That’s arguably near enough the median time, too, with many overall winners – certainly in the men’s category – crossing the line in eight hours, while the cut-off time is 17 hours.
Eight hours is incredibly fast, albeit not quite as swift as German triathlete Jan Frodeno’s exploits at Challenge Roth in 2016. The 2008 Olympic triathlon gold medallist clocked a 45:22 swim, 4:09:22 bike and 2:40:35 run en route to a world record of 7:35:39. Britain’s Chrissie Wellington holds the women’s record of 8:18:13, again set at Challenge Roth in 2011.
Why is Roth the go-to place when it comes to setting new benchmarks? That comes down to its parcours. Here, I’ll run through the Roth swim, bike and run, highlighting why it’s so fast, and also show you what other bodies of water, mountainous bikes and technical runs await elsewhere.
The 3.8km Swim
In Roth, rather unusually the swim takes place in a canal. This creates a threefold stimulus for a rapid opening leg. The first is that it’s as calm as a, well, canal. Next, the narrow channel naturally provides shoreline guides as markers, meaning there are minimal issues around sighting. Finally, there’s the support. Twenty-thousand people line the canal, boosting your adrenaline levels and sending you surging through the water.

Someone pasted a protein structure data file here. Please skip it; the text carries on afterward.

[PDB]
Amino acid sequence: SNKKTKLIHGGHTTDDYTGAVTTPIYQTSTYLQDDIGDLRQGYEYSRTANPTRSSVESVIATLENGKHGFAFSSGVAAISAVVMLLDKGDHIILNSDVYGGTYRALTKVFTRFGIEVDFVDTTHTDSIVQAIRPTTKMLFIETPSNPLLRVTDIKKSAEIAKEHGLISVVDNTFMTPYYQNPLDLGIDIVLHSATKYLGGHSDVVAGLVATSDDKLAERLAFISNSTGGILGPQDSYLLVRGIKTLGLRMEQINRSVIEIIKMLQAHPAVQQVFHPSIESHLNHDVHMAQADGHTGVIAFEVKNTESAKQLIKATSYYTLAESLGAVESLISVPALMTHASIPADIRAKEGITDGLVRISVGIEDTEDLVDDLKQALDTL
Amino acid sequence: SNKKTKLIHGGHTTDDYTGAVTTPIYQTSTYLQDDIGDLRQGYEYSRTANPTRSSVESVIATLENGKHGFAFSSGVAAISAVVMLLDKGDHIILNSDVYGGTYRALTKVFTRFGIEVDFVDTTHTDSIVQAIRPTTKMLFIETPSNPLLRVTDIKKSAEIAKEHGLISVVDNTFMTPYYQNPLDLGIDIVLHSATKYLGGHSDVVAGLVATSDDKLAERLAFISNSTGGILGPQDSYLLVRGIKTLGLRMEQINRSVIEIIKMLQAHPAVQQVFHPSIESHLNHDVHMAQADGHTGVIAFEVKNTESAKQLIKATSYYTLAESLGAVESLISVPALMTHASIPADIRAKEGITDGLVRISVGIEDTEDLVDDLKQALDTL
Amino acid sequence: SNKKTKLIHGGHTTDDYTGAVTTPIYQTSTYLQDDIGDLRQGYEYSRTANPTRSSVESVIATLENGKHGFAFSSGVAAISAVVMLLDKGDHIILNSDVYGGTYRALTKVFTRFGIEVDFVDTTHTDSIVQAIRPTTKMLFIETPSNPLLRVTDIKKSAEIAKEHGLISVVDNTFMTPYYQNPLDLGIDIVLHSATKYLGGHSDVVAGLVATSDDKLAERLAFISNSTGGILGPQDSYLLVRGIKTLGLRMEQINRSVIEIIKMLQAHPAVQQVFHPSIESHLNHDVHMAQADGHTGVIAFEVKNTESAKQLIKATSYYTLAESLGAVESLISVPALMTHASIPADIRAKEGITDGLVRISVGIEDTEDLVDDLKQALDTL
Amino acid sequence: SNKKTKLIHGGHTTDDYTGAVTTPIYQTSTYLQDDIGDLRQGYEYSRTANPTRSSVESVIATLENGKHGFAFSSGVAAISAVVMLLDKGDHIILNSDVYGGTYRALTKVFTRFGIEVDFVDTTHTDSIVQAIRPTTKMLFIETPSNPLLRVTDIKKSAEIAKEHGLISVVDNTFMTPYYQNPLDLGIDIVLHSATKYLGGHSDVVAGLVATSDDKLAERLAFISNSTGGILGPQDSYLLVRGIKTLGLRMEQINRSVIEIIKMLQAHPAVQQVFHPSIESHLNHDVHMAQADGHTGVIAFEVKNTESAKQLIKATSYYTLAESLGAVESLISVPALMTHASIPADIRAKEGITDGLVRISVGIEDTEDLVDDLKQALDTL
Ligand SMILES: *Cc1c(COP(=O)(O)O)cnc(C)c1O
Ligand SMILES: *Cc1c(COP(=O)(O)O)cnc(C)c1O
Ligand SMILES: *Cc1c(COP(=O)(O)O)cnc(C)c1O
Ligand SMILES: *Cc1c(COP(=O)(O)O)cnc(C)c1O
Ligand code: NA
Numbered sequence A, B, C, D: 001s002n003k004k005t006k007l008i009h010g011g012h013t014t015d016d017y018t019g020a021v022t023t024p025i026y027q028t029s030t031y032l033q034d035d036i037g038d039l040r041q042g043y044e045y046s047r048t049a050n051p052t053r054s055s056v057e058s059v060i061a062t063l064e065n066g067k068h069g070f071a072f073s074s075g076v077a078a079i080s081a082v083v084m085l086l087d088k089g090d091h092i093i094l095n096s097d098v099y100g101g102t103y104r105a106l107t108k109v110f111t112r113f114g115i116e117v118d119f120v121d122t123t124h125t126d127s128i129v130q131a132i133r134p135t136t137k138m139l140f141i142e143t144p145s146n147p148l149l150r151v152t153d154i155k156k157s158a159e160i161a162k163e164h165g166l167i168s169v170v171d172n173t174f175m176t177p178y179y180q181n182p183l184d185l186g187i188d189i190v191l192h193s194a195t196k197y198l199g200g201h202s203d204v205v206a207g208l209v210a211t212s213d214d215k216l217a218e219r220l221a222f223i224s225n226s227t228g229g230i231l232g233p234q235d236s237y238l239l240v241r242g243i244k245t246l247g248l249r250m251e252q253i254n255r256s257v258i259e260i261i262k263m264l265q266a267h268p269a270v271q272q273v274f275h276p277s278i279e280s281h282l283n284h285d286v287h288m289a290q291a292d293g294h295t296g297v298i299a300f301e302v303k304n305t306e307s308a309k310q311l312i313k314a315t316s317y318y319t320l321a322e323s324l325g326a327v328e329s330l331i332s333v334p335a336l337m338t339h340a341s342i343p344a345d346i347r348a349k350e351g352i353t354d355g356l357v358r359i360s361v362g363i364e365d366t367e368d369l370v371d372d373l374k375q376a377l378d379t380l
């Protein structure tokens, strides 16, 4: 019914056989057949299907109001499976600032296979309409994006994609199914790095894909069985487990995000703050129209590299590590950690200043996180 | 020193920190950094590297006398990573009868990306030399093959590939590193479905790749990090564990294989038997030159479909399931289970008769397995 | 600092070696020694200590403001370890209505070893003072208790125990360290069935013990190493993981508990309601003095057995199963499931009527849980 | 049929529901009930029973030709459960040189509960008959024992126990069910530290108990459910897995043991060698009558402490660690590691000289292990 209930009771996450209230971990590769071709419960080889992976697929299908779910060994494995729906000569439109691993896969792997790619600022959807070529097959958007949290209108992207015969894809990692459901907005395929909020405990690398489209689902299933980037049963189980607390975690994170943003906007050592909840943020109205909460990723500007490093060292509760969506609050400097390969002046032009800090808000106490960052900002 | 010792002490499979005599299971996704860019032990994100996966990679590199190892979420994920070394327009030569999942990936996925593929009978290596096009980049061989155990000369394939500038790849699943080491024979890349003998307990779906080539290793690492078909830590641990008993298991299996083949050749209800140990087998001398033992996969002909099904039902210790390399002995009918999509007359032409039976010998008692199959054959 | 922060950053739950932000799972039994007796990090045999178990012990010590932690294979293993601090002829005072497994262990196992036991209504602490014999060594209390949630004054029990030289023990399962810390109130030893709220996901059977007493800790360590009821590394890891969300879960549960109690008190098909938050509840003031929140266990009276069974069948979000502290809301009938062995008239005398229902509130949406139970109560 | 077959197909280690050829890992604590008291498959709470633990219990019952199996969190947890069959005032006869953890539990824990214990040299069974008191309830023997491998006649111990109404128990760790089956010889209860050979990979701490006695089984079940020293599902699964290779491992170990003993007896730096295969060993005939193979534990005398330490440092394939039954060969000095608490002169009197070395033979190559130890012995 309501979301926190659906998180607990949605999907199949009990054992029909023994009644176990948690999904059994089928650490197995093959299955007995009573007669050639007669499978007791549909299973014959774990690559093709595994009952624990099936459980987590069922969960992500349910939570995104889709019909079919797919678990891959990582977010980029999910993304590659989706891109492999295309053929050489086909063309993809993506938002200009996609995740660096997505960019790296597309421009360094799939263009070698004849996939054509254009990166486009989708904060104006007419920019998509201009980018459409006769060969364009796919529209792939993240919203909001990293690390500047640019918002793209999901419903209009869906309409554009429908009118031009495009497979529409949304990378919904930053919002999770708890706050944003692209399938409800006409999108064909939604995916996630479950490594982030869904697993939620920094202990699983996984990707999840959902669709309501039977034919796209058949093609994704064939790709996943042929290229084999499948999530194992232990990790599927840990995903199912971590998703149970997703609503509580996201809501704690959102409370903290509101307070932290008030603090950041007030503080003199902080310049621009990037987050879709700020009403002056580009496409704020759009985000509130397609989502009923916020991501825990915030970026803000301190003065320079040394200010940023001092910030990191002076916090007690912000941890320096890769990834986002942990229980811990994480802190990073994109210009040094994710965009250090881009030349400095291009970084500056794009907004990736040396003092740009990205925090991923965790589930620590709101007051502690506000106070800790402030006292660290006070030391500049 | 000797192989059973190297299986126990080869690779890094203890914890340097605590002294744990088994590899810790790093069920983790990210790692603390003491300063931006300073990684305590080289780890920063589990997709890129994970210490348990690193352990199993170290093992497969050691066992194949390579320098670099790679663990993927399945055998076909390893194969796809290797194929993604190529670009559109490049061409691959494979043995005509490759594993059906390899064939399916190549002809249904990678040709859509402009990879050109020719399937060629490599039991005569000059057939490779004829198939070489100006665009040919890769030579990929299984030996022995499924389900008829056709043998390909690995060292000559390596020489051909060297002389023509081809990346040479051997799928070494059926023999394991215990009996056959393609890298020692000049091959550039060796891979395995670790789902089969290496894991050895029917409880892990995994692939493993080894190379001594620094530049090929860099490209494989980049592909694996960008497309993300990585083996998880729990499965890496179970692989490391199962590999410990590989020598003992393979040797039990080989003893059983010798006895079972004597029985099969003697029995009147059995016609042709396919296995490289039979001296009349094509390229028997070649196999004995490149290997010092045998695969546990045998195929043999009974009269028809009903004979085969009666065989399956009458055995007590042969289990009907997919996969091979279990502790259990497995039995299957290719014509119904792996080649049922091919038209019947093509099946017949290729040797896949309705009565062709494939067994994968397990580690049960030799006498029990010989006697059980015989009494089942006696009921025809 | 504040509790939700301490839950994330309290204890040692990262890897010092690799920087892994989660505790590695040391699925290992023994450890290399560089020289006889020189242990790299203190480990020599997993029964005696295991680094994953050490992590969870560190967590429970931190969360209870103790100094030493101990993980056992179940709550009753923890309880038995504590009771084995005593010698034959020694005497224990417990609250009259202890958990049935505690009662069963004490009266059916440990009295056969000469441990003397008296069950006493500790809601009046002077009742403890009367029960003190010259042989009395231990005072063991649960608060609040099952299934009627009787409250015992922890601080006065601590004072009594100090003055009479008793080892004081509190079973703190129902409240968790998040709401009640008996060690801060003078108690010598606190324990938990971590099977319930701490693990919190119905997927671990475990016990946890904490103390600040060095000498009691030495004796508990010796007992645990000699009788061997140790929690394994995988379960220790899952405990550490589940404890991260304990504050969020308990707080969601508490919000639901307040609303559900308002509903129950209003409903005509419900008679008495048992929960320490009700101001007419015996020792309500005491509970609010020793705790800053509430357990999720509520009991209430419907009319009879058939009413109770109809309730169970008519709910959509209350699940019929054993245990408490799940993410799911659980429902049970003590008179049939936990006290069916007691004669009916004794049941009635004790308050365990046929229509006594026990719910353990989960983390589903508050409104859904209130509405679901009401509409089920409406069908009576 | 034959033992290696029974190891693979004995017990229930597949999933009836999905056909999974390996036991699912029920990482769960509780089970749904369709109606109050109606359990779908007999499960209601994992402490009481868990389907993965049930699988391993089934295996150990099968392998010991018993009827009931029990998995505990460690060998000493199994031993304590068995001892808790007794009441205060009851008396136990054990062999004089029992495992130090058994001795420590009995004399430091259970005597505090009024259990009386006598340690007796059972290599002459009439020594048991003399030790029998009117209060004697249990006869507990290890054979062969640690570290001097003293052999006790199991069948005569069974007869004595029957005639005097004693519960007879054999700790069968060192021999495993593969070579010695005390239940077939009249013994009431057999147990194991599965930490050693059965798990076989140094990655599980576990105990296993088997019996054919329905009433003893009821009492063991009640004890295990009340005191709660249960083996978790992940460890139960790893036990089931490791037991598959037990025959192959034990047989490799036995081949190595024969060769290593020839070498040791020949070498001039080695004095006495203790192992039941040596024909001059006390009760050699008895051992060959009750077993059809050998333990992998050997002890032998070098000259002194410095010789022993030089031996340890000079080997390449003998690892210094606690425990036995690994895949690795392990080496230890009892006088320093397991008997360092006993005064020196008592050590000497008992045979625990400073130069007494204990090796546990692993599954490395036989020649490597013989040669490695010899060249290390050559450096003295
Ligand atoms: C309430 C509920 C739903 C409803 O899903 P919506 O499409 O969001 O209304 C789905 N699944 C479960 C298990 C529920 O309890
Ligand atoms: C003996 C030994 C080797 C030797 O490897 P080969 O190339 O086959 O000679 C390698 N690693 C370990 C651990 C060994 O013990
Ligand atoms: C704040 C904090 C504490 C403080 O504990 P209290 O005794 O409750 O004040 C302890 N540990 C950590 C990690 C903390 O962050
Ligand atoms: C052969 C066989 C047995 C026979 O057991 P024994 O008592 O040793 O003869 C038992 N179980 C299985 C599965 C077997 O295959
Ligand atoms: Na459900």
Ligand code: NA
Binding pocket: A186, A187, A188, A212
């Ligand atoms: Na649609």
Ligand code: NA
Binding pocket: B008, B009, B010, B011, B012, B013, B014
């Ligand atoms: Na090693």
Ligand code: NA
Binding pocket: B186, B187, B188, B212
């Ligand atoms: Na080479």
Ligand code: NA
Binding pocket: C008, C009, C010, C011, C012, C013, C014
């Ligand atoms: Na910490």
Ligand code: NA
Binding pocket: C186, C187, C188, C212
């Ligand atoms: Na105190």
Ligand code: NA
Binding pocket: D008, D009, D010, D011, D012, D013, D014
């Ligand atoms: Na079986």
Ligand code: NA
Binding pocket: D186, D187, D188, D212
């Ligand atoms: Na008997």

Away from Roth, long-course swims often unfold in the sea, whether it’s the two-loop effort in Carmarthen Bay at IRONMAN Wales or the one-lap crawl around Kailua Bay at IRONMAN Hawaii.
Full-distance swims also take place in lakes, and are a good entry for triathletes who aren’t uber-confident in the water. The lack of waves or current means you can keep you and your head as low possible and so remain streamlined.
Occasionally, but rarely, it’ll be a river swim where you’ll face a current. Just remember to place yourself nearer the slower-moving waters near the banks upstream and in the middle downstream, where the water’s deepest and fastest.
The 180km Bike
It’s rather ironic that one of the key features of the Roth bike course is the Solarberg, or Solar Hill, where tens of thousands of fervent fans assemble in honour of yours and your race-mates’ presence.